'09 budget will be tough
Bleak projections for auto sales mean county will likely lose revenue
CHARLESTON -- The Big Three automakers' bleak sales projections are likely to make a tough year for the Mississippi County budget even tougher.
County Clerk Junior DeLay discussed the effect less sales tax from car sales is expected to have on the county's budget during a public hearing for the budget Thursday.
The hearing was held during the regular weekly County Commission meeting. DeLay explained he is required as the county's budget officer to hold a public hearing prior to the preparation of the annual budget.
"We're at that point where we're really going to have to tighten our belt," he said.
A statement showing the changes in fund balances from Jan. 1, 2008, to Dec. 31 was handed out by DeLay and reviewed by commissioners.
The balance for the general revenue fund ended the year with $10,878 less than it began with at $777,269.
The road and bridge fund ended the year with $483,084 which is $17,759 less than it started the year with.
The assessment fund ended with balance $13,024 higher than at the beginning of last year with $47,093 on Dec. 31. Revenue for this fund included a transfer of $42,222 from general revenue, however, DeLay noted.
The Johnson grass fund, which ended the year with a balance of $175,449, is up $39,120 from what it started with. Expenditures from this fund only totaled $30,102 for the year. Commissioners agreed they will either need to begin spending money in the fund or reduce the tax levy.
The law enforcement sales tax fund ended the year with $224,837 after having started with a balance of only $13,543. Included in the revenues for this fund was a $500,000 transfer from general revenue.
The positive net change of $211,294 in the law enforcement sales tax fund "should allow us to reduce the transfer" from general revenue for the 2009 budget, DeLay said.
Part of the increase in that fund is because the county received 13 months of payments from the U.S. Immigration and Customs Enforcement for holding federal detainees at the Mississippi County Detention Center instead of the usual 12, according to DeLay.
He cautioned that "sales tax revenues are going to be down significantly this year."
DeLay said Ford, General Motors and Chrysler are projecting their sales to be 20-25 percent lower than last year's.
County sales tax on vehicle purchases goes to the county the purchaser lives in. DeLay said figuring on 25 percent less sales tax revenue received from the license bureau due to plunging car sales, the county can expect to lose $42,000 in the general revenue fund, $21,000 in the law enforcement fund, and $10,500 in the senior citizen sales tax fund.
DeLay said county officials need to plan accordingly when preparing the budget.
"You do not want to forecast revenues too high and then base your expenditures on that revenue," he said, as the county will then have expenditures budgeted it doesn't have the money to cover. "That's what will take the county down to its knees financially."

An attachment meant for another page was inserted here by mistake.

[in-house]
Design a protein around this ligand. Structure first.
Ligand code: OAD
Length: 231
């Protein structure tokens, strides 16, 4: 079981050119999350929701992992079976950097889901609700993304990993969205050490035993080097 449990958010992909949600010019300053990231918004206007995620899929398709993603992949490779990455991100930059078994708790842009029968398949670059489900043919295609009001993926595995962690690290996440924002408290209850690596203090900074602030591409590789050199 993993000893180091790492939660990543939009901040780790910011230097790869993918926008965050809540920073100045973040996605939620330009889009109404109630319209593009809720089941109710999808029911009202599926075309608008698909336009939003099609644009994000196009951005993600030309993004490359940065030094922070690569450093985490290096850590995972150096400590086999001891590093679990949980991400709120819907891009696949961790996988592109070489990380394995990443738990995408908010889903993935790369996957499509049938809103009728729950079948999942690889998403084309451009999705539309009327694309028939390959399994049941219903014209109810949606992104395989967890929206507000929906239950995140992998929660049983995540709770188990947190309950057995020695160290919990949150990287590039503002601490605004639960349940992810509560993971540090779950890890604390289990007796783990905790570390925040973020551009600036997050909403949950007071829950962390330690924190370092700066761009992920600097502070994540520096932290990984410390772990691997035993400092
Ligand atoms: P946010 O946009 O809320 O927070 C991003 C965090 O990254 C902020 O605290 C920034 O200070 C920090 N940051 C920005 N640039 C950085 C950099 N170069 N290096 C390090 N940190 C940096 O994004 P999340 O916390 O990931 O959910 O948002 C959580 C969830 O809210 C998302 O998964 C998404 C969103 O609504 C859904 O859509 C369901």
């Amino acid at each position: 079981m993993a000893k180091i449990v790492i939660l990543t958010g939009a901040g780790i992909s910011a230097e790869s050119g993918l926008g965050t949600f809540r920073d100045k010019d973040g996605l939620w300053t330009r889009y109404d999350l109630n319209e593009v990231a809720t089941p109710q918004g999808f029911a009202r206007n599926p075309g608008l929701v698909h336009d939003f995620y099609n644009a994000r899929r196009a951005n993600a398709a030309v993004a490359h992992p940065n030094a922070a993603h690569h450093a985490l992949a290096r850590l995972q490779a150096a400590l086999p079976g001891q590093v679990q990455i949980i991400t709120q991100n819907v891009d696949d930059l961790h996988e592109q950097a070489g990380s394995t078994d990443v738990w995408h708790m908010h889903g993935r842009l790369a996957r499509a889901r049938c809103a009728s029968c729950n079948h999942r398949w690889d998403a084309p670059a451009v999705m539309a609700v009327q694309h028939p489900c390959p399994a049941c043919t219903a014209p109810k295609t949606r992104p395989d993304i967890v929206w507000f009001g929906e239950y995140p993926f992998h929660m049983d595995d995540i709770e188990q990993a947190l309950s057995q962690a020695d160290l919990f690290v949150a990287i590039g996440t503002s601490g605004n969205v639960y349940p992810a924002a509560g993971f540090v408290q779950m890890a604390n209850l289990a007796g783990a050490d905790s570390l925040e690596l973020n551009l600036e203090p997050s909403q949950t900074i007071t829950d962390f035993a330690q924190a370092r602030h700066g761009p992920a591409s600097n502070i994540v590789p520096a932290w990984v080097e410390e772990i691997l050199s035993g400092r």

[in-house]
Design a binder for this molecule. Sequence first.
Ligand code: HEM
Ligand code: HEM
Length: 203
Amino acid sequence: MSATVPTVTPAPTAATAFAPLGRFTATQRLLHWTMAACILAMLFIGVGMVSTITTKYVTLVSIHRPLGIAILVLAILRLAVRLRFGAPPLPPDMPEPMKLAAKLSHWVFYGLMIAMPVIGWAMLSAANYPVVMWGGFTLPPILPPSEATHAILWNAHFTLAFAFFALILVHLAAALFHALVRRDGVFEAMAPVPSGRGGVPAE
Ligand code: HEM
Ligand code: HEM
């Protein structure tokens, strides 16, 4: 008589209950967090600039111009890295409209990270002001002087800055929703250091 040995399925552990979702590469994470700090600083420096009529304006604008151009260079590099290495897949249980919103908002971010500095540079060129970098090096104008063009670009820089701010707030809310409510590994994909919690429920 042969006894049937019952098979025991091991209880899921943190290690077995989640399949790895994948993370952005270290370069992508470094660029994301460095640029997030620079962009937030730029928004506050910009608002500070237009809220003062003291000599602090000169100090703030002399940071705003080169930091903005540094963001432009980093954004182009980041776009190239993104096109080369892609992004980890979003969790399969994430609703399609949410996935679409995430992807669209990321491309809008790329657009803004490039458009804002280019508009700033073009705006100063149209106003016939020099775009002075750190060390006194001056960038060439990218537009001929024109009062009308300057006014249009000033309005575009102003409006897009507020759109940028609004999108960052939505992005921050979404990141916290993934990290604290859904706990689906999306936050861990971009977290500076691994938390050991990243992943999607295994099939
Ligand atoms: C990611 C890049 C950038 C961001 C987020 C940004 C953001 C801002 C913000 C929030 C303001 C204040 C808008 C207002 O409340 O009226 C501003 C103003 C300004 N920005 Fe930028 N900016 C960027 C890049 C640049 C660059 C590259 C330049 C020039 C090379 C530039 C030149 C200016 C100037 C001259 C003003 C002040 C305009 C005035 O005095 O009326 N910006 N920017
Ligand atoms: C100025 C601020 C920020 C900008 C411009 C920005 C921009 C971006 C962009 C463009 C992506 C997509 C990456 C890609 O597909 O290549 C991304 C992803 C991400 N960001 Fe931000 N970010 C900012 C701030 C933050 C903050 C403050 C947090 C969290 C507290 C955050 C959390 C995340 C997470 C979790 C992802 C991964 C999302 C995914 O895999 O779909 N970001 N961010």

DeLay noted that despite low sales tax forecasts for this year, sales tax received by the county this month was actually up 12 percent over that received in January 2008.
In other business Thursday:
* Anthony Ohmes, agronomy specialist for the Mississippi County University of Missouri Extension Center, and other Extension staff members presented their annual report and budget request.
Last year went "pretty smooth for us," Ohmes said.
The Extension requested $32,000 which is the same amount received from the county in 2008.
"Thank you for your support," Ohmes said. "It keeps us going and we appreciate it."
* Silvey Barker and Claudia Arington of the county tourism council presented the tourism council's annual report and a budget request of $3,000, the same amount as last year.
Barker said the tourism council shifted more of its budget toward advertising in 2008.
"We went more regional and national," she said. "We're trying to reach outside Mississippi County to advertise our events."
* Commissioners approved a statement confirming the county has updated its Emergency Operations Plan.
DeLay said the State Emergency Management Agency provides information to update the county's EOP and requires that the plan be updated annually.
He advised the two new associate county commissioners, Robert Jackson and Steve Jones, that he would provide them with a copy of the EOP on compact disc.
"In the event of an emergency, the county commission has a lot of responsibility," DeLay said.
* Duke Presson of East Prairie asked commissioners to consider adding the upper part of the Lee Row ditch to the list of ditches to be cleaned out as part of the USDA Natural Resources Conservation Service Emergency Watershed Protection Program.
The county is currently slated to do cleanouts with EWP funding on county Ditches 3, 10 and 14.
* At Presson's request, commissioners approved allowing those who rent county-owned farmland to make two payments due in January and July instead of a single payment in March.